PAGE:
Avoid numbers only because they aren't specific enough, and avoid words like "average." "Average" is the best of the worst and the worst of the best. Options like "Acceptable" or "Meets Required Ministry Standards" are far better. The key that makes it all work is a clearly written and clearly understood ministry performance plan.


___Exceptional ___Very Good ___Good ___Acceptable ___Unacceptable

7. Listen more than you talk.

The staff member is much more anxious than you are. They don't need a lecture. Give them confidence that this process is in their best interest.

8. Be generous with praise and keep the evaluation upbeat.

9. Give tangible evidence of the value of the process.

Put tremendous effort into personalizing their strengths and areas of needed improvement. Design a fresh growth plan immediately. And above all, follow-up!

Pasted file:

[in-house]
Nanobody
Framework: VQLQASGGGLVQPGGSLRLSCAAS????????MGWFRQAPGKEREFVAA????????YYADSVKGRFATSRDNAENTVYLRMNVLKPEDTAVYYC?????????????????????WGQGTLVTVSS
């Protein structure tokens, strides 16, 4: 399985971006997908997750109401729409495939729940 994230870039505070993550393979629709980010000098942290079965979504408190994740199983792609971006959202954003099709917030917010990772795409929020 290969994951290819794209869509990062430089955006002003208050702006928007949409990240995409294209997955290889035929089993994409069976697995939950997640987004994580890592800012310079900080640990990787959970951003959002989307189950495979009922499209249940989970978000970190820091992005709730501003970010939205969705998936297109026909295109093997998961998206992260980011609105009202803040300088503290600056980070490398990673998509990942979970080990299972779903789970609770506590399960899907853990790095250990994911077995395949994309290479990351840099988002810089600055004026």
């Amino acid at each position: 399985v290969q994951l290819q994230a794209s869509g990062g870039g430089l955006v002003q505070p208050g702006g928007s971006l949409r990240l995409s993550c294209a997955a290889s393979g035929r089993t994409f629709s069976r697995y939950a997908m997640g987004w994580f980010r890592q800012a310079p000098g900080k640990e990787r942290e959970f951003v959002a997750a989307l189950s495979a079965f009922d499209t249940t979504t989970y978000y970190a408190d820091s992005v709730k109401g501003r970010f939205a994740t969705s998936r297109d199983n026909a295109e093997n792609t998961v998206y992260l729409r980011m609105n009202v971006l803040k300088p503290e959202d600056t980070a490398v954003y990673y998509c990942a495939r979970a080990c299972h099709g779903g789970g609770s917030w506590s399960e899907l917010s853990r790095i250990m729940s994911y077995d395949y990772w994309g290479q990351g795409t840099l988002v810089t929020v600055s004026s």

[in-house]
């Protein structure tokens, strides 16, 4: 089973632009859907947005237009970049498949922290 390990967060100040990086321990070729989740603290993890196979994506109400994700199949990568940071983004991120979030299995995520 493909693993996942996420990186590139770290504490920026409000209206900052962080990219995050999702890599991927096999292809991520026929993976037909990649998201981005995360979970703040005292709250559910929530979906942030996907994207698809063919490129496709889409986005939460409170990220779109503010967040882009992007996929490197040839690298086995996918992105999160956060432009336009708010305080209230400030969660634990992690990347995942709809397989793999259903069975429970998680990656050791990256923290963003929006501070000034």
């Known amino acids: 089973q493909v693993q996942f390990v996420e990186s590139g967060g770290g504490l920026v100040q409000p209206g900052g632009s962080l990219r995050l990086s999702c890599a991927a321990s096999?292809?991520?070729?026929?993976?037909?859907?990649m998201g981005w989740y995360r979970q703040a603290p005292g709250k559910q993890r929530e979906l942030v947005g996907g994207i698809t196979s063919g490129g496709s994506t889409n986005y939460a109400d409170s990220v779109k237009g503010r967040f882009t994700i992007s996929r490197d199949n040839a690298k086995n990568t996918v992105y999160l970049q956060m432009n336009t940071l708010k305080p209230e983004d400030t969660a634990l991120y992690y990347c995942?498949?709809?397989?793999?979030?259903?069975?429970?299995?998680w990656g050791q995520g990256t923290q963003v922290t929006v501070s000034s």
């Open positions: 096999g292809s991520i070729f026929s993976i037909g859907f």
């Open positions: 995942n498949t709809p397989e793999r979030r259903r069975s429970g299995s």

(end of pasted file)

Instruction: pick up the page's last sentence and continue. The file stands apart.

If you read the last edition of "The Pastor's Coach," you'll remember that the staff member evaluations are divided equally into two categories: (1) their performance within the parameters of their primary responsibilities, and (2) their overall team contribution.

My hope and desire for you is a more fruitful team that really enjoys ministry together.

This article is used by permission from Dr. Dan Reiland's free monthly e-newsletter "The Pastor's Coach" available at

Author Biography

Dan Reiland
Web site: 12 Stone Church
Dan Reiland is Executive Pastor at 12Stone Church in Lawrenceville, Georgia. He previously partnered with John Maxwell for 20 years, first as Executive Pastor at Skyline Wesleyan Church in San Diego, then as Vice President of Leadership and Church Development at INJOY.